- Leslie McKellar
- Chef Sean Brock, a Willy Wonka-like creative force in the kitchen, displays a crispy eggless mastic meringue
The new culinary guard has arrived in Charleston and they cook with lasers and liquid nitrogen, incinerating old traditions and ideas in the process. Their radical new style has spurred a critical re-examination of anything and everything associated with the preparation and serving of food, including its history and provenance. As revolutionary aesthetic and philosophic movements so often do, it even entertains the notion that such culinary legacies may not be worth saving.
You couldn't pick a better place to observe the unexpected insurrection than McCrady's, a 229-year-old tavern cobbled together in a mishmash of retooled spaces and transformed into a fine architectural gem, still lorded over by an ornate private dining room that once served dinner to George Washington. It is a masterpiece of tradition, now subsumed with the brilliance of Sean Brock, a madman with food, a savory Willy Wonka, a precise innovator of all things culinary. He prods and plots like a young Leonardo, a baby-faced whirlwind of ideas and notebooks filled with the scrawl of midnight musings and the leading edge of creative food.
Everything is different at McCrady's, turned on its head daily and shaken down, deconstructed and reconstructed from the bottom up and constantly tweaked in a midday, breakneck, experimental bop. Brock dances through the kitchen at a frenetic pace, his newest favorite kitchen spoon (he collects some pretty eclectic tools) dangling from his fingers. He works on dozens of ideas at one time. In fact, the whole kitchen does. Themes bounce around the room in a steady stream of reciprocal conversation. New thoughts become reality in seconds or are recorded on large whiteboards, saved for future experimentation, massaged into a subsequent burst of creativity. I've been in a lot of kitchens, but never one quite like this. Brock's resembles an artist's studio as much as a prep kitchen. But it's more than process that sets this world apart. The ingredients and the way they are treated sometimes look like, or perhaps even typify, a biotechnology lab and leave many old-school chefs agog.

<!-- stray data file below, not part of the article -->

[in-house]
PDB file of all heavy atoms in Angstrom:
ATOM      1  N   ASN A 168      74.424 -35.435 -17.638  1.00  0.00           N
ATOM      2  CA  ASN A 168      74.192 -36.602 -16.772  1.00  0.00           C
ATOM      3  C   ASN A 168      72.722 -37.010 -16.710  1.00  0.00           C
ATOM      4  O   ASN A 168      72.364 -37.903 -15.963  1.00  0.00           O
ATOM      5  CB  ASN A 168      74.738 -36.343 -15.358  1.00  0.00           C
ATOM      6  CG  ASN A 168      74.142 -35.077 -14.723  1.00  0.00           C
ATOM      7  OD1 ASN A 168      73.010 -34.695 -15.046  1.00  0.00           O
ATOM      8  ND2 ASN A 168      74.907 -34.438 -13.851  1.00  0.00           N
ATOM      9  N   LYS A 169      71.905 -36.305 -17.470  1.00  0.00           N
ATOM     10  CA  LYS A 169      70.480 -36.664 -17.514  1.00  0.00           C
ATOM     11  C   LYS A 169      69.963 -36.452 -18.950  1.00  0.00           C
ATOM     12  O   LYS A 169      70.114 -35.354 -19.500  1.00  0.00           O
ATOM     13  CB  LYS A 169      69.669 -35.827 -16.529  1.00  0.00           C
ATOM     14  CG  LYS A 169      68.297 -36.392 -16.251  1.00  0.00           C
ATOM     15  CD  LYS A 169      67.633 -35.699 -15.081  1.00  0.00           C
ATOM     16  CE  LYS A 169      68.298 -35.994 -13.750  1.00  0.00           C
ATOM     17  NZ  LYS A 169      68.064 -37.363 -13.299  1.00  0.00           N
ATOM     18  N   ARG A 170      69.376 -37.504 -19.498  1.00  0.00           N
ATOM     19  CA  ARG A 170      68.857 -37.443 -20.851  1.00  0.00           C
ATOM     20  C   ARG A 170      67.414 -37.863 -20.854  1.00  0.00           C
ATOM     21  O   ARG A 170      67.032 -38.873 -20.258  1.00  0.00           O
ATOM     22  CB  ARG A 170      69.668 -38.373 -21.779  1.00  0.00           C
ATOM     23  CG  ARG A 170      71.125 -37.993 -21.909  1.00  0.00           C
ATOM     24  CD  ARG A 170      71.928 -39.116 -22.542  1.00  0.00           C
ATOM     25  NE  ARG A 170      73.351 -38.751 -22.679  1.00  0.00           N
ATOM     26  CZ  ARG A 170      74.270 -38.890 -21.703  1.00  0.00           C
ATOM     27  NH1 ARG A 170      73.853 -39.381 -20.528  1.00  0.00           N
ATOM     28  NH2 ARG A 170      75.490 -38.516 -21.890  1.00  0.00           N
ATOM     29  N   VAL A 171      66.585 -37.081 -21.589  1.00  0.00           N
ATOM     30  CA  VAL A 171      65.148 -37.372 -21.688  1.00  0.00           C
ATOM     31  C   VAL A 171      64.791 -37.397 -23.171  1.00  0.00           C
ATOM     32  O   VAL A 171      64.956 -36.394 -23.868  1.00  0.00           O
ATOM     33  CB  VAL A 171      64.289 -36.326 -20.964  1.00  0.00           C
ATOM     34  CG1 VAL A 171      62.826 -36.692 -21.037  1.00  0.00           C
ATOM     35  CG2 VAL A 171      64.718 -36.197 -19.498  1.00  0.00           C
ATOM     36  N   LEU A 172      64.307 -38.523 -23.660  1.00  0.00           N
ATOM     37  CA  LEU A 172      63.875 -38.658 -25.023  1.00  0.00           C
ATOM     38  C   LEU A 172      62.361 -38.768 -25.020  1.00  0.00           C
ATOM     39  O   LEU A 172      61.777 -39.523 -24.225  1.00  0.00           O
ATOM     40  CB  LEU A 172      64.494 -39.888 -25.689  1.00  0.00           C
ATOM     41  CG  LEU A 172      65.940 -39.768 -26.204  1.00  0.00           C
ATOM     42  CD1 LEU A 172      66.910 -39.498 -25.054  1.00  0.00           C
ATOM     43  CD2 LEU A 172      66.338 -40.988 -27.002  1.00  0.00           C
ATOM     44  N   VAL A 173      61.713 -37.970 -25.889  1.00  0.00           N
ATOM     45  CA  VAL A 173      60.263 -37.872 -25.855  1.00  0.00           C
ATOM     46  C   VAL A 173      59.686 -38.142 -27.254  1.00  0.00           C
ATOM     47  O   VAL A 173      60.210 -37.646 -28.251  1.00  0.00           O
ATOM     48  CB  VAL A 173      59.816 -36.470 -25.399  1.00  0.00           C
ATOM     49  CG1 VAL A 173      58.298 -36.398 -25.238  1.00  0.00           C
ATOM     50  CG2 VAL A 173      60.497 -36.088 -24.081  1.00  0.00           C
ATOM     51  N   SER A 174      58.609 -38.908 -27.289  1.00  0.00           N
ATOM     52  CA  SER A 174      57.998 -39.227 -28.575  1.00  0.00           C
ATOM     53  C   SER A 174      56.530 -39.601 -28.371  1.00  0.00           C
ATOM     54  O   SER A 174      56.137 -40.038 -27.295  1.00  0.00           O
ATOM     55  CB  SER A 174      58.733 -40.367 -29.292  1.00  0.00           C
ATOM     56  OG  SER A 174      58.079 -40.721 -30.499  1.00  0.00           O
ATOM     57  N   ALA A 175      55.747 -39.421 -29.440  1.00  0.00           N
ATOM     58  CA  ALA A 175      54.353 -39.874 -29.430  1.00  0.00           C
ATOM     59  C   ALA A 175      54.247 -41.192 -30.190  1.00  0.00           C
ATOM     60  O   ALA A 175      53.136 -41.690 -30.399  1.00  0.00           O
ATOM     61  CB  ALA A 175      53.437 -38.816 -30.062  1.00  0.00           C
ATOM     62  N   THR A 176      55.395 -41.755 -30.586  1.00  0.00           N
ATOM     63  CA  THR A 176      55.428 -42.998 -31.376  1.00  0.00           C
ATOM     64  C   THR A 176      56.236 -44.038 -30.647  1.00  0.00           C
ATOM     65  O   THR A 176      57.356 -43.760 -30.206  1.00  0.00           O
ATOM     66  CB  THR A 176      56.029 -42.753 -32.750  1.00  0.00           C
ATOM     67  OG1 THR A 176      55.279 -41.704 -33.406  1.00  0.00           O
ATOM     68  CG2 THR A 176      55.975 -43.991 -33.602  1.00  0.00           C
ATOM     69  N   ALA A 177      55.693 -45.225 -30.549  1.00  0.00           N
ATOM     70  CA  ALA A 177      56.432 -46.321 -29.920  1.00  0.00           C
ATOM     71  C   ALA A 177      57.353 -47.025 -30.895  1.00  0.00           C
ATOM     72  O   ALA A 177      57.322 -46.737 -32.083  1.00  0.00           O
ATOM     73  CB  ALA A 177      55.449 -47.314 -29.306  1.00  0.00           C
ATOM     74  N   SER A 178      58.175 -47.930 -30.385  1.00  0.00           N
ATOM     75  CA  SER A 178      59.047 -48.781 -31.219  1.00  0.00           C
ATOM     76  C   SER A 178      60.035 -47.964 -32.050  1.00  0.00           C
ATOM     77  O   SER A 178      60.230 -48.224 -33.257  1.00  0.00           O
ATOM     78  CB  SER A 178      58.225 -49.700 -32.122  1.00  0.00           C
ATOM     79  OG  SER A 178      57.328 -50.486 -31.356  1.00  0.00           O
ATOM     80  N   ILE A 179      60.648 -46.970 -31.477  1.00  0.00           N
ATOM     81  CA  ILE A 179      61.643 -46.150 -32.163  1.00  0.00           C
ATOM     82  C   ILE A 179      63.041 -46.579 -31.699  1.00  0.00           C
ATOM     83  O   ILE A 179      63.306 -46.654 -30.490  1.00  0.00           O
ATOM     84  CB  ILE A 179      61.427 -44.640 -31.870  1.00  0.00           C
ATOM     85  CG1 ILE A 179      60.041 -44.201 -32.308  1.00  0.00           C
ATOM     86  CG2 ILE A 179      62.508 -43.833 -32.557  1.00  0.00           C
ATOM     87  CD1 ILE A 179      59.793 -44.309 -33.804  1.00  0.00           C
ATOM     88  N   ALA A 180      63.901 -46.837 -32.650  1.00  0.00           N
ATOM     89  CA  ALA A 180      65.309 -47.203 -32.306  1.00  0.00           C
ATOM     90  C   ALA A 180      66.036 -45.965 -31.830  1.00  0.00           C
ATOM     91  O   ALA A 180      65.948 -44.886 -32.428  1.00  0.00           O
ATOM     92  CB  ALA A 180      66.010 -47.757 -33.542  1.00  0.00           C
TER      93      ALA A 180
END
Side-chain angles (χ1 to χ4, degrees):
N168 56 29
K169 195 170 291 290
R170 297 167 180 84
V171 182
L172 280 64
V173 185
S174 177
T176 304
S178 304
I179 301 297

Popularly termed "molecular gastronomy," this new movement fuses the worlds of chemistry, physics, and gastronomy with spectacular results, but no one seems to like that particular moniker. As Heston Blumenthal, a pioneer in the field whose restaurant outside London is currently considered one of the finest in the world serving such food, puts it: "Molecular makes it sound complicated ... and gastronomy makes it sound elitist." In reality, it is neither, and this is not the first time such dramatic shifts in the food world have taken place.
- Leslie McKellar
- Cordavi's astonishing rendition of bacon and eggs features a poached quail egg and dehydrated bacon powder
The 1970s and '80s saw haute cuisine similarly redefined. The revolution played out in the kitchens of France between the arbiters of the nouvelle and the defenders of the classique. Names like Troisgros, Bocuse, and Geurard rose to prominence as methods shifted to lighter, whimsical preparations and minute portions, often displayed on comically huge plates. The innovations of that era dramatically changed gastronomy, were filtered and assimilated into mainstream preparations, and continue to inform almost every chef in the Western world -- even those who now decry this new manipulation of ingredient and process.
They do so primarily because it threatens to undermine their traditional, conservative, and somewhat mythical understanding of "authentic" food and its preparation. The new "molecularists" -- now-famous names like Ferran Adrià (El Bulli), Thomas Keller (The French Laundry and Per Se), and Wylie Dufresne (WD~50) -- use cutting-edge technology and an understanding of food at its basic chemical level to produce astonishing, sometimes surreal, effects with food. Esoteric additives, mostly fancy plant derivatives, with names like maltodextrin and ultra-sperse play havoc with traditional expectations of texture and taste.